genders between ages 7 - 20 with values of 646 ± 297
(mg/kg) and 384 ± 361 for males and females respec-
tively. While Mo has the lowest value of 2.47 ± 2.1 (mg/
kg) for males and Mn was 2.88 mg/kg for females. Table
4 shows their total distribution in which Zn has the high-
est over all concentration of 451 ± 128 mg/kg while Mn
has the over all lowest value of 3.11 mg/kg for this ana-
lysis method. Afridi et al. [14] reported values of 224.0 ±
7.07 and 214.14 ± 8.2 mg/kg for Zn between the ages 30 -
45 and 46 - 60 years respectively using flame atomic
absorption spectrometer (FAAS) to analysed scalp hair of
non hypertensive group. The value of Ni within age
range of 32 - 42 years for this work is 7.54 mg/kg. Ni
was also reported to be 6.79 mg/kg for ages 30 - 45 years
in a similar biological matrix i.e. human hair [14]. Table
4 shows heavy metal distribution (mg/kg) in 50 human
hair samples. Some elements such as Zn, Cr, Mn, Cu
and Mo are important in human nutrition. These elements
are also present in pharmaceutical products. This is be-
cause a wide variety of metals mostly transition elements
are employed as complexes or salts to act as catalysts,
therefore, any pharmaceutical excipient whose synthesis
involves the use of one or more metal catalysts may
Table 1. Age distribution and level of heavy metals in male hair samples.
Heavy Metals (mg/kg)
Range (years) Number of male Cr Mn Ni Cu Zn Mo
7 - 20 4 5.77 ± 1.1 3.27 ± 0.5 5.59 ± 2.2 50.9 ± 43.4 646 ± 297 20.3 ± 20.3
21 - 31 19 14.8 ± 21.5 3.16 ± 0.6 5.55 ± 5.4 57.6 ± 66.4 356 ± 341 8.9 ± 16.8
32 - 42 7 10.3 ± 5.7 3.16 ± 0.6 7.54 ± 5.1 85.0 ± 61.4 523 ± 579 2.47 ± 2.1
43 5 39.2 ± 63.0 2.92 ± 0.1 7.54 ± 5.1 140 ± 181 600 ± 707 3.71 ± 2.9
Table 2. Age distribution and level of he avy me tals in fe male hair sample s.
Heavy Metals (mg/kg)
Range (years) Number of female Cr Mn Ni Cu Zn Mo
7 - 20 4 5.74 ± 2.1 3.27 ± 0.7 5.52 ± 2.8 40.2 ± 18.5 384 ± 361 23.8 ± 19.9
21 - 31 10 23.8 ± 26.3 2.95 ± 0.3 9.72 ± 21.9 98.8 ± 83.7 113 ± 91 9.17 ± 7.7
32 - 42 0 - - - - - -
43 1 11.0 2.88 8.97 88.4 40.7 -
Table 3. Age distribution and level of heavy metals in the 50 hair samples.
Heavy Metals (mg/kg)
Range (years) Cr Mn Ni Cu Zn Mo
7 - 20 5.75 3.27 5.55 45.5 515 22.1
21 - 31 17.9 3.09 6.99 71.8 269 8.99
32 - 42 10.3 3.16 7.54 85.0 523 2.46
43 34.6 2.92 25.2 131 506 3.09
Copyright © 2012 SciRes. JASMI
Analysis of Heavy Metals in Human Scalp Hair Using Energy Dispersive X-Ray Fluorescence Technique
Table 4. Heavy metal distribution in 50 hair samples.
Heavy metals
(mg/kg) Male Female Total average
Cr 17.52 ± 14.9 13.81 ± 9.18 17.1 ± 12.7
Mn 3.13 ± 0.15 3.03 ± 0.21 3.11 ± 0.5
Ni 6.56 ± 19.14 8.07 ± 2.24 11.3 ± 9.3
Cu 83.4 ± 40.5 75.8 ± 31.3 83.3 ± 35.8
Zn 531 ± 127 179 ± 181 451 ± 128
Mo 9.26 ± 8.18 17.6 ± 8.18 9.16 ± 9.1
contain residual metal(s) in form of the original catalyst(s)
or as derivative [13]. This may accumulate in human
body when taken which may add to this metal content in
the body.
Zinc showed the highest deviation among other ele-
ments in the individual samples for both genders which
reflects the individual variation in the concentration of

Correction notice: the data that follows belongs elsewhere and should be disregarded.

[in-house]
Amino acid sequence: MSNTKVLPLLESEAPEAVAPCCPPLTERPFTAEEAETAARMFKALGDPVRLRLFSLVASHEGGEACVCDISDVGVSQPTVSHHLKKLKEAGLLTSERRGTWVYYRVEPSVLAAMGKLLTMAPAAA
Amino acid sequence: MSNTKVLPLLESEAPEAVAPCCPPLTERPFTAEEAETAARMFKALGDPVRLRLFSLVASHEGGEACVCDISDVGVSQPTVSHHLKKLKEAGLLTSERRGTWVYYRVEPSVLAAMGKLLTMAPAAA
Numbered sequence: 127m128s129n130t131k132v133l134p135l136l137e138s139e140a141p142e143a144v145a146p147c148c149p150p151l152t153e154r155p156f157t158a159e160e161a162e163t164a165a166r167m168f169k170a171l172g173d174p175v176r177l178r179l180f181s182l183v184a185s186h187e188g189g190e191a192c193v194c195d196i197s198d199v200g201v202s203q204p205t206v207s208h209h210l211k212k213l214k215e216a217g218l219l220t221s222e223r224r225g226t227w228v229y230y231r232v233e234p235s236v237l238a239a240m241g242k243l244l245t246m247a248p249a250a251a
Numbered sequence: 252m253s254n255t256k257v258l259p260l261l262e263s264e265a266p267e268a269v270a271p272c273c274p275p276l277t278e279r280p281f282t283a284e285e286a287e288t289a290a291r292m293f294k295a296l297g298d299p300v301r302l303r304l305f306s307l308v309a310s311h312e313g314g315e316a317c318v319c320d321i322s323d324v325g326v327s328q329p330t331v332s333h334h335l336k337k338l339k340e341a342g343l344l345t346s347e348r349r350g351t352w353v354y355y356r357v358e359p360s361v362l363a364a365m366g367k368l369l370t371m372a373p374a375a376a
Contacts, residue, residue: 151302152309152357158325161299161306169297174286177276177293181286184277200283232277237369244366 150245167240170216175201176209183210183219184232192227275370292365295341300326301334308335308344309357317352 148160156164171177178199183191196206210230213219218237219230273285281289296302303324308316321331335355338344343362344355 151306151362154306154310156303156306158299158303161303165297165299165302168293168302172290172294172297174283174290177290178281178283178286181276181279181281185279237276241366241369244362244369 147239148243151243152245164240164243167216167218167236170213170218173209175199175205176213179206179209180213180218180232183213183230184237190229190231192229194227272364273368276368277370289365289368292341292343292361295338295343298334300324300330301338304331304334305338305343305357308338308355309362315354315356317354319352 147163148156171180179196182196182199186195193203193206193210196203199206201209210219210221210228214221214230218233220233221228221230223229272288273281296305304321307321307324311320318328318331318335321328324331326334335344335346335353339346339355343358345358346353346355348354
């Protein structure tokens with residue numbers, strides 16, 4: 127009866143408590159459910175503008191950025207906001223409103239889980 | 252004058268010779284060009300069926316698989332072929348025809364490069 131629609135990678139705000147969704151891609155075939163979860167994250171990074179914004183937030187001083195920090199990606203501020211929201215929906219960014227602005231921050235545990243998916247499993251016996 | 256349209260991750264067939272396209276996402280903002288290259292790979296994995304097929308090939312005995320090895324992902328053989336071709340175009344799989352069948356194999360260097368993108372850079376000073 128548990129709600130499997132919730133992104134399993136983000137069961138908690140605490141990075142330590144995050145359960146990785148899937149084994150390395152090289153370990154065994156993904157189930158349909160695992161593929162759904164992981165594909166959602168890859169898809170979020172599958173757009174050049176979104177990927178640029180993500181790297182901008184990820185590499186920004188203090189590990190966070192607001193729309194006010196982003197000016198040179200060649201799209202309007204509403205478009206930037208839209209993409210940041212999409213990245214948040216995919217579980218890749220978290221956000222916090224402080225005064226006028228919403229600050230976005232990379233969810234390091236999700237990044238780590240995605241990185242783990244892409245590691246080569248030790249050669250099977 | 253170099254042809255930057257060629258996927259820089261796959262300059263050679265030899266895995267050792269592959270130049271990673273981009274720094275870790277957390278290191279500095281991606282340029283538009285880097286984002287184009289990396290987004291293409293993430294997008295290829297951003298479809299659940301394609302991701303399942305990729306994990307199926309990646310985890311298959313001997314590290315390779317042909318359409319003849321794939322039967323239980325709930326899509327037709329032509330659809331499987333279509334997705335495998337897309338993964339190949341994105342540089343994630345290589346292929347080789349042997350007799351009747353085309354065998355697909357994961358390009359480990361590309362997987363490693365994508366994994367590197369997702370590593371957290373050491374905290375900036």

Zn. Mo showed the highest coefficient of variation while
Mn indicated the least. This implies that Mn is more
closely distributed among the individual samples than Ni
and other elements discussed. The mean concentration of
heavy metals in both males and females were compared
statistically at 0.05 probability for the method used. Sig-
nificant difference was found between both genders (P >
0.05) for Ni, Zn and Mo while Cr, Mn and Cu showed no
significant difference.
There was observed variations in the concentration of
individual elements in both genders with the highest
found among the females for Mo and Ni but Cr, Mn, Cu
and Zn were more distributed in the male population.
The exposure of hair to the environment and the chemi-
cal treatment of hair for cosmetic purposes, which leads
to increase or decrease in metal concentration (external
contamination) could account for this observation [15,16].
It was also asserted that there is personal difference in
concentrations of heavy metals in the human hair ac-
cording to human life or history such as occupation, sex,
age, food, habit, social condition [11]. Individual’s de-
viation of heavy metal concentrations reflects the degree
of environmental pollutants exposure to the human body
and intakes of food. Meaning that, there is potential for
human exposure to heavy metals from drinking con-
taminated water or eating fish from contaminated water
bodies [17-19]. They are finally transferred to other ani-
mals including humans through the food chain.
5. Conclusion
Analysis of Cr, Mn, Ni, Cu, Zn and Mo in human hair
has been carried out to ascertain the accumulation of
heavy metals. The mean concentrations of heavy metals
showed that all the 50 hair samples were contaminated
with the elements investigated. The mean concentrations
of Ni and Mo were determined to be higher in the fe-
males’ samples while that of Cr, Mn, Cu, and Zn were
more in the males. Samples F showed higher values for
Cr, Ni, Zn, Cu and D for Mo respectively among male
gender while samples AM, AH and AG also showed
higher values for (Cr, Ni, Cu), (Mn, Zn) and Mo respect-
tively among female gender. These samples use the same
means of cooking i.e. fire wood and similar sources of
drinking water (well, bore hole, tap) and consume the
same class of food, which actually reflect the life history,
nutritional pattern as well as the environmental content
of the individuals. The pattern of concentration of the
heavy metals in the hair samples were in decreasing or-
der of Zn > Cu > Cr > Ni >Mo > Mn.
6. Acknowledgements
Our appreciation goes to all the people that volunteered
their hair samples for this research work without hesita-
tion. We are also grateful to Centre for Energy Research
and Training (CERT), Zaria, for opportunity given to us
to use their XRF equipment. Finally, we thank all the
anonymous reviewers for their useful comments.